Application & Web Services Development

By Peter Coffee  |  Posted 2004-04-05 Print this article Print

Microsoft Corp.s Visual Studio .Net 2003

Considering Microsofts dominant role in tools and languages, its surprising that this is the companys first Excellence victory in this strategic category. Looking back at judges comments over the last several years, we find that previous entries have triggered concerns about whether the company was pushing too quickly to introduce new features while failing to ensure the security and industrial-strength robustness that our in-the-trenches corporate IT judges demand before engraving an Excellence Awards crystal pyramid.

This years winner in Application & Web Services Development lives up to the potential of Microsofts toolmaking talent. One of our Corporate Partner judges called Visual Studio .Net 2003 "a polished and feature-rich product."

When eWEEK Labs reviewed this product upon its release last May, we reported that Visual Studio .Net 2003 "walks hand in hand" with Microsoft Server 2003 for distributed service deployment. At the same time, though, we found that the updated tool set "expands the charter of enterprise development" into handheld-device applications.

Improved migration aids from pre-.Net languages completed the 2003 products mission of converting developers to the .Net way of work—as evidenced by Microsofts announcement this year that Visual Studio 2005 will quietly drop ".Net" from the product name. Yes, Visual Studio paves a path of least resistance to Microsoft-centric development, but one cant fault the company—indeed, one must rather congratulate it—for consistently wooing developers with affordable and compellingly productive tools.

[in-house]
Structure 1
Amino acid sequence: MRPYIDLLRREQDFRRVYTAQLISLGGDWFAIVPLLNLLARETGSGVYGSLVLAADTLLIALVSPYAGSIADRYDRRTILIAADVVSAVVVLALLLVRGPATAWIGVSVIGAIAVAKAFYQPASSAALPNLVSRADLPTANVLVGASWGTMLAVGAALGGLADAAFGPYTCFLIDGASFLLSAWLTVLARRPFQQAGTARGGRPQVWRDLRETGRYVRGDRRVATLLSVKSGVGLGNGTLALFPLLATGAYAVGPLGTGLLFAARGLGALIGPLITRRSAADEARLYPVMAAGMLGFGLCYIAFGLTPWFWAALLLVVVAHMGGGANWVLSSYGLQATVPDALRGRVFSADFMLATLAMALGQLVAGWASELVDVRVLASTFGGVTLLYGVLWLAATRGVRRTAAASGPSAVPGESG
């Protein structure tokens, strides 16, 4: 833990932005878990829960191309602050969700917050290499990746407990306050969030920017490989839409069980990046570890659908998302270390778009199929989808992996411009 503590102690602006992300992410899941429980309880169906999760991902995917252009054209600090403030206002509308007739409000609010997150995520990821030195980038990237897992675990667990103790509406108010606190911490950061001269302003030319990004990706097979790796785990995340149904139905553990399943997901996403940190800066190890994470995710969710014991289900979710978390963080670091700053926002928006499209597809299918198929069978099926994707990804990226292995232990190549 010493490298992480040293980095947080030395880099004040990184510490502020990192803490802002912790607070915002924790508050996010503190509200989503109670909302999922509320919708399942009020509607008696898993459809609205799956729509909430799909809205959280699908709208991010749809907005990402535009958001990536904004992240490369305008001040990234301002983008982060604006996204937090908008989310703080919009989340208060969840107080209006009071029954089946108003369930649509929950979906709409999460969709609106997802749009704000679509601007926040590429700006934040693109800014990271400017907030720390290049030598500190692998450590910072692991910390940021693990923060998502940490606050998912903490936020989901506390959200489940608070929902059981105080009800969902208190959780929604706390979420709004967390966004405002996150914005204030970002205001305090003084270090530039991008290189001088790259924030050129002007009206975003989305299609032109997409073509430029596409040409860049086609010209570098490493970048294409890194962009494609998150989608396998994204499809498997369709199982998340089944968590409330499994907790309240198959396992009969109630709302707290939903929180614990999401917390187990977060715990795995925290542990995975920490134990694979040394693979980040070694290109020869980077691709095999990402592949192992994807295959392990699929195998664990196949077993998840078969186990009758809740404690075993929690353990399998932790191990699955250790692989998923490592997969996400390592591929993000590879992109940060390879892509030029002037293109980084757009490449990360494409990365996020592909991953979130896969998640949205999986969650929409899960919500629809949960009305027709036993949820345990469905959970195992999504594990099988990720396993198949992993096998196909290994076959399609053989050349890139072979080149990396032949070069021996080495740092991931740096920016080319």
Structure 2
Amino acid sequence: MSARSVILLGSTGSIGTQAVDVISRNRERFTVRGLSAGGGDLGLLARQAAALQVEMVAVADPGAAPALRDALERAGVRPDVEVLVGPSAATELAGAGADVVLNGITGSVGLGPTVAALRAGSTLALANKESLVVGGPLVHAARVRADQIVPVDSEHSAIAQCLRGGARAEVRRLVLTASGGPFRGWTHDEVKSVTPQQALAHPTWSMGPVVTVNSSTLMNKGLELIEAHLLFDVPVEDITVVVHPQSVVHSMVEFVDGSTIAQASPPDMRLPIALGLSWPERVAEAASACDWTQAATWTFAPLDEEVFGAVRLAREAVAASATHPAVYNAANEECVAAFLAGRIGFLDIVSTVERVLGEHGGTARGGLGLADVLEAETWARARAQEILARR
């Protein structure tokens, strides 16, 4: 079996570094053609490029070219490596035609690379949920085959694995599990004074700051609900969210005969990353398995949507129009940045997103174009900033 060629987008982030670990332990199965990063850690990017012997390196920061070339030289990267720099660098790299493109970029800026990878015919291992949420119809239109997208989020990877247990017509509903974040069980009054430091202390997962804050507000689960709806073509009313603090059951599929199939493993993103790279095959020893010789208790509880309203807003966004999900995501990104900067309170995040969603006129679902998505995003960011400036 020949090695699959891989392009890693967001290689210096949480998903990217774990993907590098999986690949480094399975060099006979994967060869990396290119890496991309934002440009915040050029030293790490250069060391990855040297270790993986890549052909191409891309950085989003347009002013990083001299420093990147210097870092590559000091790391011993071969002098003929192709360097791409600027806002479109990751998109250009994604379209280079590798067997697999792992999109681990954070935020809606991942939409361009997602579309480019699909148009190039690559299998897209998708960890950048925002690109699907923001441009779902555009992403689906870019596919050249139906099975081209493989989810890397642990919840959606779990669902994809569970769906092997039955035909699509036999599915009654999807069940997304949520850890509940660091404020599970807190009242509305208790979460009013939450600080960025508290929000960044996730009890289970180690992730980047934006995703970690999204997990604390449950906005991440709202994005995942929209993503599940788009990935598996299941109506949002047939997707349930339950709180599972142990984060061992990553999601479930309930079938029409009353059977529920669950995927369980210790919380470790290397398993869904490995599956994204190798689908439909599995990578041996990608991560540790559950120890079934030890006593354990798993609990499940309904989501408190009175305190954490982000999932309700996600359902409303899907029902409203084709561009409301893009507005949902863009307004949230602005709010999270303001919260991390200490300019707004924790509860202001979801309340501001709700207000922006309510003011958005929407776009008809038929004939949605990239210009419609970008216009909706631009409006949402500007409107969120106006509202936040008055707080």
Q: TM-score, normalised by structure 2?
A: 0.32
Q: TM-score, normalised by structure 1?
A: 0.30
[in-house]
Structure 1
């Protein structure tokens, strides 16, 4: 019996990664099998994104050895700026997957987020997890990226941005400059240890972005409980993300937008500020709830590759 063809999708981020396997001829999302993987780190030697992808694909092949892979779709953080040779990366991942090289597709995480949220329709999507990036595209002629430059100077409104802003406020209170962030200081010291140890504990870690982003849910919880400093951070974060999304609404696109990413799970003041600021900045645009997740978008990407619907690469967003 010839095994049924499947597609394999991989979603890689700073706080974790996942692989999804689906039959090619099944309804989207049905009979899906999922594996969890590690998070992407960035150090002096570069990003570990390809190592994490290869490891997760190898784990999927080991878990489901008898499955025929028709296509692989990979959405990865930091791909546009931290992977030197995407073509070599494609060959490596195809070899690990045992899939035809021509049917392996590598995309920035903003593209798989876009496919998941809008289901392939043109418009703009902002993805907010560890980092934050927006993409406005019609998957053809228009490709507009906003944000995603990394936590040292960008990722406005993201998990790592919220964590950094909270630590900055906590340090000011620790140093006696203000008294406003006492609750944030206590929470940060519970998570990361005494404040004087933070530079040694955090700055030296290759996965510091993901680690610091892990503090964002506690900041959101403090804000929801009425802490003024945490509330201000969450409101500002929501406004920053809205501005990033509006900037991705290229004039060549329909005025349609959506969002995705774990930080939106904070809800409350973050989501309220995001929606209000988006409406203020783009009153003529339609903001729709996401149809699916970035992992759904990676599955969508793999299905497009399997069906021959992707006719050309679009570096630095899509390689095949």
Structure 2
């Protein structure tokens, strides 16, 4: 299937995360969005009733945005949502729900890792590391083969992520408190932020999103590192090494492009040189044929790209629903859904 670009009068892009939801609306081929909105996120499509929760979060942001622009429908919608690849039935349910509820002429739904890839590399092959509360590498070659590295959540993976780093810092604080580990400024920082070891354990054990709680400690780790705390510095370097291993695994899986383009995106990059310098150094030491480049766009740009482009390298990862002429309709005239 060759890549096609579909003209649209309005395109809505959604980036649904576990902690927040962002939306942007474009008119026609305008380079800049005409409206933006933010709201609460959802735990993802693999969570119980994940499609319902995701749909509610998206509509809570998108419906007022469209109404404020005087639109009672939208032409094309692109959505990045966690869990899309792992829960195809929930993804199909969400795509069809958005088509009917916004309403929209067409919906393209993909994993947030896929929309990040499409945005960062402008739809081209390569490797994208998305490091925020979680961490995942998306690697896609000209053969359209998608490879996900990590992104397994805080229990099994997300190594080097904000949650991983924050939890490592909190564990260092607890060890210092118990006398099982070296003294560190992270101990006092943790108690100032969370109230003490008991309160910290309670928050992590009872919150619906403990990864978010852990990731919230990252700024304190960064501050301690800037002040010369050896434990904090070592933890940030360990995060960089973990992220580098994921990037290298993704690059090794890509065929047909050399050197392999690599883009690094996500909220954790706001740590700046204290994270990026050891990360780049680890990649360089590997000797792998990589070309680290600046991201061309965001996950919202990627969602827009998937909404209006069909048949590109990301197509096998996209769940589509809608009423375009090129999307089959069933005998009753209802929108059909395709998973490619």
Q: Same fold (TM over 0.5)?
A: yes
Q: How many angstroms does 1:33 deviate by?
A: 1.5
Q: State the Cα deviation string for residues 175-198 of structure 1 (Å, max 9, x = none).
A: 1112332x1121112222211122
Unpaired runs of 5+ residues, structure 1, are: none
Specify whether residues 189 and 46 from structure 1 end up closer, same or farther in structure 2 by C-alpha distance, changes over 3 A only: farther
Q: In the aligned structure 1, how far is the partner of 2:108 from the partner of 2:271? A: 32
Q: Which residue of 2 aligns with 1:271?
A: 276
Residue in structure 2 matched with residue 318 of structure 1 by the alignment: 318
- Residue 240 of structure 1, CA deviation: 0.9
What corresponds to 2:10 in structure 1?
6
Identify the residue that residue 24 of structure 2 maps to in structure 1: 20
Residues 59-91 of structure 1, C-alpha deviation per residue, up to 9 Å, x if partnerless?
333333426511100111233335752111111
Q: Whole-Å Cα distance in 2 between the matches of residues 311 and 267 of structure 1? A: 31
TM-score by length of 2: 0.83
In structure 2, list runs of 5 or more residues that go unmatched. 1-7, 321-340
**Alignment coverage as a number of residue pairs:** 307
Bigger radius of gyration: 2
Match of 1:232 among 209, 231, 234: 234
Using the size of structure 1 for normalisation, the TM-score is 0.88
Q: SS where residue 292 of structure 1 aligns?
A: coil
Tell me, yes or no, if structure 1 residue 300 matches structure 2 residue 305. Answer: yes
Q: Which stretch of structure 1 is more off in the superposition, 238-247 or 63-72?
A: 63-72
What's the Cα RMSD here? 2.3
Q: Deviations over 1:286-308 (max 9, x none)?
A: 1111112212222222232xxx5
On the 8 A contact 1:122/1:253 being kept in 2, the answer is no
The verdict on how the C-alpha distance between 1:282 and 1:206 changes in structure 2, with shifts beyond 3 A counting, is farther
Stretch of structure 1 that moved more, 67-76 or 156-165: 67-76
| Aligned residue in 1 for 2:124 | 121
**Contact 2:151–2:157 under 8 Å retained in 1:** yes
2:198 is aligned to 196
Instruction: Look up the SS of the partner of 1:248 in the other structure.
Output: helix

Borland Software Corp.s Enterprise Studio For Java Version 7

Borland took the first trophy given in this category for Version 4 of JBuilder. Three years later, JBuilder X is still our standard; it is also the core of the Enterprise Studio offering that now heads Borlands Java lineup.

We expected the worst when Borland went on an acquisition spree in 2002, seeking to broaden its best-of-breed competence across the entire application life cycle. To our pleasant surprise, Enterprise Studio benefits from the results, offering an outstanding package for those who choose not to drink the .Net Kool-Aid.

LogicLibrary Inc.s Logidex 2.0

LogicLibrarys flagship product solves the problem of managing code as an asset instead of merely adding to the pile. "We had a need to promote our internal reusable frameworks and design patterns," said one satisfied buyer, seeking "a place ... where they could be searched, related, retrieved and maintained."

Visualization tools and responsive vendor support were among the strengths reported to judges; IBMs recent adoption of Logidex technology supports those commendations.

Excellence Awards Winners and Finalists:
  • Analytics & Reporting
  • Application & Web Services Development
  • Customer Relationship Management
  • Portals & Knowledge Management
  • Desktop & Handheld Hardware
  • e-Business Foundations
  • Enterprise Collaboration & Messaging
  • Enterprise Storage
  • IT Quality Assurance Tools
  • Personal Productivity
  • Server Hardware
  • Networking & Management Tools
  • Networking Infrastructure
  • Authentication & User Management
  • Enterprise Resource Protection
    Peter Coffee is Director of Platform Research at, where he serves as a liaison with the developer community to define the opportunity and clarify developers' technical requirements on the company's evolving Apex Platform. Peter previously spent 18 years with eWEEK (formerly PC Week), the national news magazine of enterprise technology practice, where he reviewed software development tools and methods and wrote regular columns on emerging technologies and professional community issues.Before he began writing full-time in 1989, Peter spent eleven years in technical and management positions at Exxon and The Aerospace Corporation, including management of the latter company's first desktop computing planning team and applied research in applications of artificial intelligence techniques. He holds an engineering degree from MIT and an MBA from Pepperdine University, he has held teaching appointments in computer science, business analytics and information systems management at Pepperdine, UCLA, and Chapman College.

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